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BLOODSHED OVER RIGHTS

Sugarcane farm massacre survivors: We just want a share of the land

By: - Correspondent / @carlagomezINQ
/ 08:46 PM October 22, 2018

Clarizza Singson Dagatan, Karapatan Negros secretary,Rolando Rillo, National Federation of Sugar Workers- Negros chairperson, survivor Bobstil Sumicad, Marianito Amaca – Northern Negros Alliance of Human Rights Associations, survivors Rene Manlangit and Rogello Arquillo demand justice for the Sagay massacre at a press conference in Bacolod City today. Photo by CARLA GOMEZ

BACOLOD CITY – Seventeen-year-old Marchstil Sumicad went to the makeshift tent on Saturday afternoon to visit his father, who was among the 13 persons who had just occupied a section of a sugar farm in Sagay City, Negros Occidental.

In the evening, Marchstil was dead along with eight others who were shot while resting inside the tent in the middle of a sugarcane field in Hacienda Nene, Purok Pine Tree, Barangay Bulanon, Sagay City about 9:45 p.m. Saturday.

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His father, Bobstil, survived because he left the tent to answer to the call of nature.

“When I heard the gunfire, I prayed my son would be spared. When the gunfire ended and the attackers had left, I ran to our makeshift shelter to find the lifeless body of my son,” said Bobstil in Hiligaynon.

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Marchstil was hit in the neck and other parts of the body.

“All I could do was cradle him in my arms and weep. He was gone and there was nothing I could do,” Bobstil said.

Also killed that Saturday night were Eglicerio Villegas, 36; Angelife Dumaguit Arsenal, 47, Paterno Baron, 48, Rene Laurencio Sr., 53, Morena Mendoza, 48, Marcelina Dumaguit, 60, Rommel Bantigue, 41, Jomarie Ughayon, 17.

Police said not all those who were killed were farm workers.

At least 85 percent of Bantigue’s body was burned after sugarcane wastes doused with gasoline was poured on him.

The two female fatalities had burns, too.

Marchstil, a Grade 9 student at the Barangay Bulanon Hight School, was the youngest of the six children of Bobstil and Elenita.

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The couple, who lives near the farm, used to be farm workers of Carmen Tolentino, owner of Hacienda Nene, but was later dismissed.

In the case of Bobstil, he said he was considered a “dumaan (old timer)” in Hacienda Nene since he started working there when he was a young boy in order to have money for school.

He later worked as a mechanic helper and driver of the hacienda owner.

But he and his wife were given a 15-day notice to vacate the land some time ago – the date he could not remember – forcing him to catch fish just to make a living.

Now 52, Bobstil said he joined the National Federation of Sugarcane Workers (NFSW) because he wanted to be a beneficiary of the Comprehensive Agrarian Reform Program (CARP) as he wanted to provide a better life for his children.

“I just want to feed and send my children to school,” he said.

At least 32 farmers – some of whom were among the fatalities – applied for CARP coverage in Hacienda Nene in 2000, said massacre survivor Rene Manlangit, 47, and member of the NFSW.

He said no approval was made despite a notice of coverage that had been issued because they were told that Tolentino had issued a deed of donation, giving the property to 25 people.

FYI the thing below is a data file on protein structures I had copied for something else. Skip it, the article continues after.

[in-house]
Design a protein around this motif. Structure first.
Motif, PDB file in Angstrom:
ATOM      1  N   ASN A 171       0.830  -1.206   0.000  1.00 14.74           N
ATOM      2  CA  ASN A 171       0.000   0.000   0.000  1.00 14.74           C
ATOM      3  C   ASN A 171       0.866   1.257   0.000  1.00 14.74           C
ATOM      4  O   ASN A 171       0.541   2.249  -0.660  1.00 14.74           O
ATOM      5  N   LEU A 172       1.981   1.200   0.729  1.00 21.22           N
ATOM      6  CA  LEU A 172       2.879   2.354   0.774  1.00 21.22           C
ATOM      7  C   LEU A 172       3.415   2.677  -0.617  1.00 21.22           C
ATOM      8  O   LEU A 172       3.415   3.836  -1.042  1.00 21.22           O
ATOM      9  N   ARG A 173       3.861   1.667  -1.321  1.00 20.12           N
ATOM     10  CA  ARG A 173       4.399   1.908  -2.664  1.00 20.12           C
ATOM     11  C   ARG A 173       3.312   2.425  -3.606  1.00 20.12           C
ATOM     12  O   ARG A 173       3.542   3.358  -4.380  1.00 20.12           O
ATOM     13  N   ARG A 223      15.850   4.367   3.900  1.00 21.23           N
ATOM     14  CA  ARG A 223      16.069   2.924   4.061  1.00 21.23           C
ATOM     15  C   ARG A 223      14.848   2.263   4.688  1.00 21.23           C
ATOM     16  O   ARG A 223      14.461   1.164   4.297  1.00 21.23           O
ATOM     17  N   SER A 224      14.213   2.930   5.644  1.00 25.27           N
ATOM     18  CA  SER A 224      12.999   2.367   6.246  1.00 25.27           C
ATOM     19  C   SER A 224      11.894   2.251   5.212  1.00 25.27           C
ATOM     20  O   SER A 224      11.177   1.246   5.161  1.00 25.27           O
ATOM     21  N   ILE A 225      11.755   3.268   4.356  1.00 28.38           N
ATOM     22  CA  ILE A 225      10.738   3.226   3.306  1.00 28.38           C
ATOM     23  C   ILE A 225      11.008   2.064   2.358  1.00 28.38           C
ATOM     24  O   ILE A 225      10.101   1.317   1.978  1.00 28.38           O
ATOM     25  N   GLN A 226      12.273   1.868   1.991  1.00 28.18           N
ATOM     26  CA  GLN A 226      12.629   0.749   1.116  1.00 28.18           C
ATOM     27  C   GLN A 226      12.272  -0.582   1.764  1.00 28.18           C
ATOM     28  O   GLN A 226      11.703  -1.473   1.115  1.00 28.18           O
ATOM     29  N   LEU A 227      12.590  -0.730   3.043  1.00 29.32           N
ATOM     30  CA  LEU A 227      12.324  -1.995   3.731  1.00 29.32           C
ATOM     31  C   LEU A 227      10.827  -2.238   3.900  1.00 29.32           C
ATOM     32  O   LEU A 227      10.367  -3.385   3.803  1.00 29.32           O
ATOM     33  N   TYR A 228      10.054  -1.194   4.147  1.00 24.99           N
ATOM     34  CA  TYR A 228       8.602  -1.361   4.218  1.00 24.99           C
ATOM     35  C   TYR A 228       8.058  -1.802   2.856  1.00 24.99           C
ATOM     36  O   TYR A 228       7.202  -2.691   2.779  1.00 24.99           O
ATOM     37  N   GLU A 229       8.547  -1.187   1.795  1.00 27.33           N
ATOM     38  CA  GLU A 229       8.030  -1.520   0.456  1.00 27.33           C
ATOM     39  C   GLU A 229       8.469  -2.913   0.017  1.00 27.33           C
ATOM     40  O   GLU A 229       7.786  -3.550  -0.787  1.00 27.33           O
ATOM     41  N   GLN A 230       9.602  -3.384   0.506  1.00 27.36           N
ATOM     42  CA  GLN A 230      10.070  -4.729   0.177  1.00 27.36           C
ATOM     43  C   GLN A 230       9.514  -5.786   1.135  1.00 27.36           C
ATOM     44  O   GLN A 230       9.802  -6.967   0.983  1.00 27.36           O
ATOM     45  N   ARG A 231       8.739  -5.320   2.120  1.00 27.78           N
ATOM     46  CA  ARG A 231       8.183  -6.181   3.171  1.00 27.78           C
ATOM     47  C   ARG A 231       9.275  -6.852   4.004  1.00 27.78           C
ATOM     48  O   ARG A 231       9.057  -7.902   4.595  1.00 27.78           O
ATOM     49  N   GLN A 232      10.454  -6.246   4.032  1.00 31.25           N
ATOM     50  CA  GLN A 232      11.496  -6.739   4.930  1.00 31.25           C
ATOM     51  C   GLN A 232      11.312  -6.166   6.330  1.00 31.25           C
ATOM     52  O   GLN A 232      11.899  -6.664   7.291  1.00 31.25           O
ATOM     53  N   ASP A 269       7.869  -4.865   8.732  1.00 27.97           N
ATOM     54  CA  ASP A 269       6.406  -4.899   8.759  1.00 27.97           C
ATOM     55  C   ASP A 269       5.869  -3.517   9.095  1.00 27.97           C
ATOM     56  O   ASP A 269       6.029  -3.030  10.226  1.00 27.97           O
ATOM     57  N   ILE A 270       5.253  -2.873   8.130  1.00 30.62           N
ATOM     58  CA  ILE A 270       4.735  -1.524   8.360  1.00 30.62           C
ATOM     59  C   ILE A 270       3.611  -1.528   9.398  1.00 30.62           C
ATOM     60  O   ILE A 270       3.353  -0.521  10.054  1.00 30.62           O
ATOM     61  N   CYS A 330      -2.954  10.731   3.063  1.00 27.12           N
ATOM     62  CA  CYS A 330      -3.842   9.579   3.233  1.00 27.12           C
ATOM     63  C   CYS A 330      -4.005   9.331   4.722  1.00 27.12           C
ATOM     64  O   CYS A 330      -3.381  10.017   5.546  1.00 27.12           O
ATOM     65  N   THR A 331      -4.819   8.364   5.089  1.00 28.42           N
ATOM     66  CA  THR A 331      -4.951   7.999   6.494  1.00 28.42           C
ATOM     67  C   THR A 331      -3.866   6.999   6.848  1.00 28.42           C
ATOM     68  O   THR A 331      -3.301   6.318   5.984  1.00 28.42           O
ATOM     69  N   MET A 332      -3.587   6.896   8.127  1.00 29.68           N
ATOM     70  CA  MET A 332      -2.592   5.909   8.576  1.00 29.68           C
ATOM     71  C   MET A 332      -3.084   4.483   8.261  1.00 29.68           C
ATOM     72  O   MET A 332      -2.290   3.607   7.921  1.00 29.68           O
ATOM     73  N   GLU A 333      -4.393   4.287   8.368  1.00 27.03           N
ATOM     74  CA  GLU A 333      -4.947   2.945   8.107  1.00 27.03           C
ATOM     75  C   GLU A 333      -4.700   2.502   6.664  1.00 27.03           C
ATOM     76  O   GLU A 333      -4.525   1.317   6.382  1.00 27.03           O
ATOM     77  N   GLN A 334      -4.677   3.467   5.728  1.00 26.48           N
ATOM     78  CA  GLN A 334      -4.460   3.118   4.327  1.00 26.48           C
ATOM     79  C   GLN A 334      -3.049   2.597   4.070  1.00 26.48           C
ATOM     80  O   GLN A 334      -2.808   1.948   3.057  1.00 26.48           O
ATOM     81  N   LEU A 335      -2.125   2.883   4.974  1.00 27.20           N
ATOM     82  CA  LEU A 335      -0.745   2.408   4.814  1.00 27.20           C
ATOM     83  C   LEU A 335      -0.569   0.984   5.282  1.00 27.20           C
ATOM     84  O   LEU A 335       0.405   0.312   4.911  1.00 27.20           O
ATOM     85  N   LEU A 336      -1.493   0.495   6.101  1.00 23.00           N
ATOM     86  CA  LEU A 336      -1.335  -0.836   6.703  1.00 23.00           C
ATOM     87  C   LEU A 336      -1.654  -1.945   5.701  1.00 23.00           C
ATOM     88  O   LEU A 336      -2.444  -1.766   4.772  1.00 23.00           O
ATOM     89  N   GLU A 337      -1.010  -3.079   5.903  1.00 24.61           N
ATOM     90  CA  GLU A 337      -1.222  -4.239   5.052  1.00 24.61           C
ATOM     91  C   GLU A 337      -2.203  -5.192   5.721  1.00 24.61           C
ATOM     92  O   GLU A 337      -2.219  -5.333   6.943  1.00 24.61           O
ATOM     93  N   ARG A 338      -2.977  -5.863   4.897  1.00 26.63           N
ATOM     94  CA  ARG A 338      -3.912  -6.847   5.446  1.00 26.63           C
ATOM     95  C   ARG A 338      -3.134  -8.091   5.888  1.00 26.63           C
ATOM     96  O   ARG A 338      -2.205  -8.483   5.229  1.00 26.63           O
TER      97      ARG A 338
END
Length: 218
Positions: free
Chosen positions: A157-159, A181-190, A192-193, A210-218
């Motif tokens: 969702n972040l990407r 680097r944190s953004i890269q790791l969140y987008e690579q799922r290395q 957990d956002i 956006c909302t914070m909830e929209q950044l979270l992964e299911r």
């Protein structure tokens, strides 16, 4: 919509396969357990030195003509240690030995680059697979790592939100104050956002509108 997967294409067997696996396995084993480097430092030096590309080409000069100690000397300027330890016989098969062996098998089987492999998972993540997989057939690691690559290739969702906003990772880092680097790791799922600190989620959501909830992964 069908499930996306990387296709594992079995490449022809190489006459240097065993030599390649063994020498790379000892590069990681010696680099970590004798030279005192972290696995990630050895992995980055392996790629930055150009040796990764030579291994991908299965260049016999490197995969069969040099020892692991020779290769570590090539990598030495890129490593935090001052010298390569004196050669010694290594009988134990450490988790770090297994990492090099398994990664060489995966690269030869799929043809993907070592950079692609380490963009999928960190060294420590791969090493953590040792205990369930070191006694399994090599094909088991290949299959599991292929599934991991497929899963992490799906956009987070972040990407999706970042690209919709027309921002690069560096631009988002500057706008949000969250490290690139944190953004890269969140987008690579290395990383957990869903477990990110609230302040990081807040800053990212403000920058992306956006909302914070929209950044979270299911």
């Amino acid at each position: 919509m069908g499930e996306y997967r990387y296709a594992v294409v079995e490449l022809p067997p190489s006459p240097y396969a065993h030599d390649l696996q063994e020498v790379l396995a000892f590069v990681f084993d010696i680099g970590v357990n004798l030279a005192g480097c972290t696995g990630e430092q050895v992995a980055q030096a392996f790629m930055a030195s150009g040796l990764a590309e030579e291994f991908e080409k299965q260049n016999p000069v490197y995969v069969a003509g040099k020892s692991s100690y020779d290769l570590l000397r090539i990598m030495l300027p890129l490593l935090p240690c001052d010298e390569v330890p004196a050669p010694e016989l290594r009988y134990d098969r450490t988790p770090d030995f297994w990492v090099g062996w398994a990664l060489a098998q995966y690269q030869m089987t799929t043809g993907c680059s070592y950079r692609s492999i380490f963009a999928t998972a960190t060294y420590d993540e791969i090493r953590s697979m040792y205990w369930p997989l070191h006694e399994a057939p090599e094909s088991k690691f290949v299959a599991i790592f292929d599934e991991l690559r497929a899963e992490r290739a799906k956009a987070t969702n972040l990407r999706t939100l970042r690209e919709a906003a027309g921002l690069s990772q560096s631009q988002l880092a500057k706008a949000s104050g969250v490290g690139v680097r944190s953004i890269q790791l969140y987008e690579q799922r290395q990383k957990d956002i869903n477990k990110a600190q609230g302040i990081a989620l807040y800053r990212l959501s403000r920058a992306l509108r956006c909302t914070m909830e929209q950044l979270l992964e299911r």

They were also told the property had been mortgaged to the bank, he added.

Stephen Leonidas, Department of Agrarian Reform (DAR) director for Western Visayas, confirmed that the owner issued a deed of donation giving the 76-hectare property to 25 individuals.

“So when a notice of coverage was issued in 2014 it was not enforced because it was found that there were already 25 co-owners to the land,” he said.

Manlangit said they pursued their application for the coverage of the 32 as legitimate claimants to a share of the land.

But, he added, the DAR had failed to act on it.

On Saturday, they decided to enter the farm to till the land on Saturday.

Malangit, and Rogelio Arquillo, 49, who works as a bus driver, had brought the NFSW members to occupy Hacienda Nene.

Both survived the massacre since they left the tent to charge their cellular phones at a nearby house.

When they heard the gunfire while charging, Arquillo said he called his daughter to seek police help.

But his teenaged nephew, Ughayon, was among those who died, he said.

Danilo Cañete recalled they were resting when a group of men armed with rifles arrived and started shooting at them from 30 meters.

“They then moved closer to finish off those injured,” he said.

Cañete said he survived because he hid behind a sack of rice. However, he said that when the armed men started pouring gasoline on the makeshift shelter, he ran and hid under a nearby house.

He said he could not identify the killers because it was dark. The shooting lasted for about 15 minutes, he added.

Bobstil, for his part, joined the takeover, hoping to be given a land to till on the farm where he had worked before.

He left the tent to defecate behind the tall sugarcane plants.

He had just sat down when he heard the gunfire.

He said he wanted to run back to save his son, Marchstil, who just went there to visit him and see what it was like to be in the farm.

He, however, decided against it because he knew he too would be killed.

Bobstil recalled that Marchstil had enjoyed staying in the farm since he found it “very peaceful.”

It was just ironic that the young boy would perish in violence in a field he thought was a place of peace. /kga

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